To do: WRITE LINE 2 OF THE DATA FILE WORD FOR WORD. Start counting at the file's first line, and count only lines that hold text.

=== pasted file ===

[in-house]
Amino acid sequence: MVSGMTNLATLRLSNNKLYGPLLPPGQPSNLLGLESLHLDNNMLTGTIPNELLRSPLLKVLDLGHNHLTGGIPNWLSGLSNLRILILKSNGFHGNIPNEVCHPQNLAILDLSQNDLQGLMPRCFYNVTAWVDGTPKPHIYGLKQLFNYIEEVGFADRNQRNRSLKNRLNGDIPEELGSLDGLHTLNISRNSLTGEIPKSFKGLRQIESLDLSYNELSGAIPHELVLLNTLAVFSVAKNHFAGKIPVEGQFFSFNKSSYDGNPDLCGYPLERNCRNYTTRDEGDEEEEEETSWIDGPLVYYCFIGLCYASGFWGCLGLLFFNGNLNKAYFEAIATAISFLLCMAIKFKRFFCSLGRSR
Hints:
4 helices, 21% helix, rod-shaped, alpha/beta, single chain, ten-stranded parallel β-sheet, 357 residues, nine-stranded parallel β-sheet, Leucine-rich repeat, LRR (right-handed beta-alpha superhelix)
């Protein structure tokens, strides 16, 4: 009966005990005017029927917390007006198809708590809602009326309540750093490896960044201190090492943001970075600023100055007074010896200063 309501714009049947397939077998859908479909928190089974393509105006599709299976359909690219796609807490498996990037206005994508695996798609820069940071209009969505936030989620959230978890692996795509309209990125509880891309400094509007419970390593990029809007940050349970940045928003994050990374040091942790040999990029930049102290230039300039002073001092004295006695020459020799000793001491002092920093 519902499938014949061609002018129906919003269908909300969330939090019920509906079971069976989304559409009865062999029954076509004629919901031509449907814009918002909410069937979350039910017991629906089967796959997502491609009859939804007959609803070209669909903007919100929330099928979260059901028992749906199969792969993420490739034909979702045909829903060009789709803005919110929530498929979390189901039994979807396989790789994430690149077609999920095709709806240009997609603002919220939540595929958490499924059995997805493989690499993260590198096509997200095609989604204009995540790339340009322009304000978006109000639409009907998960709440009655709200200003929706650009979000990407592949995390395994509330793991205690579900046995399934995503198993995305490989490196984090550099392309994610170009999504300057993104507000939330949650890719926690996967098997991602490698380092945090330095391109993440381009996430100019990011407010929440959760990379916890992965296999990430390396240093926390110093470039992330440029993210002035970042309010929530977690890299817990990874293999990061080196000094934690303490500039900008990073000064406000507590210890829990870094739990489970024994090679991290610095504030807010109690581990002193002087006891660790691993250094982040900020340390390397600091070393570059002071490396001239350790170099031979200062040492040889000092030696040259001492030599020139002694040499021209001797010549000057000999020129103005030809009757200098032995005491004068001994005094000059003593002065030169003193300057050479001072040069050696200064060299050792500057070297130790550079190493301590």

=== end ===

Amino acid sequence: MVSGMTNLATLRLSNNKLYGPLLPPGQPSNLLGLESLHLDNNMLTGTIPNELLRSPLLKVLDLGHNHLTGGIPNWLSGLSNLRILILKSNGFHGNIPNEVCHPQNLAILDLSQNDLQGLMPRCFYNVTAWVDGTPKPHIYGLKQLFNYIEEVGFADRNQRNRSLKNRLNGDIPEELGSLDGLHTLNISRNSLTGEIPKSFKGLRQIESLDLSYNELSGAIPHELVLLNTLAVFSVAKNHFAGKIPVEGQFFSFNKSSYDGNPDLCGYPLERNCRNYTTRDEGDEEEEEETSWIDGPLVYYCFIGLCYASGFWGCLGLLFFNGNLNKAYFEAIATAISFLLCMAIKFKRFFCSLGRSR